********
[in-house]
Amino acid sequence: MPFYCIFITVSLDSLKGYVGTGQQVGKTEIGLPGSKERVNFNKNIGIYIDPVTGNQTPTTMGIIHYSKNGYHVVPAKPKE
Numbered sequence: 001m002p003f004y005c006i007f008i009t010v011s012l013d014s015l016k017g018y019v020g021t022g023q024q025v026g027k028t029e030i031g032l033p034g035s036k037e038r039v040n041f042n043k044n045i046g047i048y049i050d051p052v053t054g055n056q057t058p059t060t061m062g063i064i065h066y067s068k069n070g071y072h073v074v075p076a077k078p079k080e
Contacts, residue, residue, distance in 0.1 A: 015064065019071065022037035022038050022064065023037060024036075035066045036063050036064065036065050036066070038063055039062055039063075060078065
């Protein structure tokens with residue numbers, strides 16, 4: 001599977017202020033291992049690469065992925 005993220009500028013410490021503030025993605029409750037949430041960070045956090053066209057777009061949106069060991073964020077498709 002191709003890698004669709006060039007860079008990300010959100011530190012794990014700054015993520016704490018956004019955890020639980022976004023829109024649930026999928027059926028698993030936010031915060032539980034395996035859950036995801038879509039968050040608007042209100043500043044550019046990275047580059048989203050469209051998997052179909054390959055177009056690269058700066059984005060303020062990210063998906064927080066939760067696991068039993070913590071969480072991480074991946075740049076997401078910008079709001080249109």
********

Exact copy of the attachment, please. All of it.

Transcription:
[in-house]
Amino acid sequence: MPFYCIFITVSLDSLKGYVGTGQQVGKTEIGLPGSKERVNFNKNIGIYIDPVTGNQTPTTMGIIHYSKNGYHVVPAKPKE
Numbered sequence: 001m002p003f004y005c006i007f008i009t010v011s012l013d014s015l016k017g018y019v020g021t022g023q024q025v026g027k028t029e030i031g032l033p034g035s036k037e038r039v040n041f042n043k044n045i046g047i048y049i050d051p052v053t054g055n056q057t058p059t060t061m062g063i064i065h066y067s068k069n070g071y072h073v074v075p076a077k078p079k080e
Contacts, residue, residue, distance in 0.1 A: 015064065019071065022037035022038050022064065023037060024036075035066045036063050036064065036065050036066070038063055039062055039063075060078065
């Protein structure tokens with residue numbers, strides 16, 4: 001599977017202020033291992049690469065992925 005993220009500028013410490021503030025993605029409750037949430041960070045956090053066209057777009061949106069060991073964020077498709 002191709003890698004669709006060039007860079008990300010959100011530190012794990014700054015993520016704490018956004019955890020639980022976004023829109024649930026999928027059926028698993030936010031915060032539980034395996035859950036995801038879509039968050040608007042209100043500043044550019046990275047580059048989203050469209051998997052179909054390959055177009056690269058700066059984005060303020062990210063998906064927080066939760067696991068039993070913590071969480072991480074991946075740049076997401078910008079709001080249109």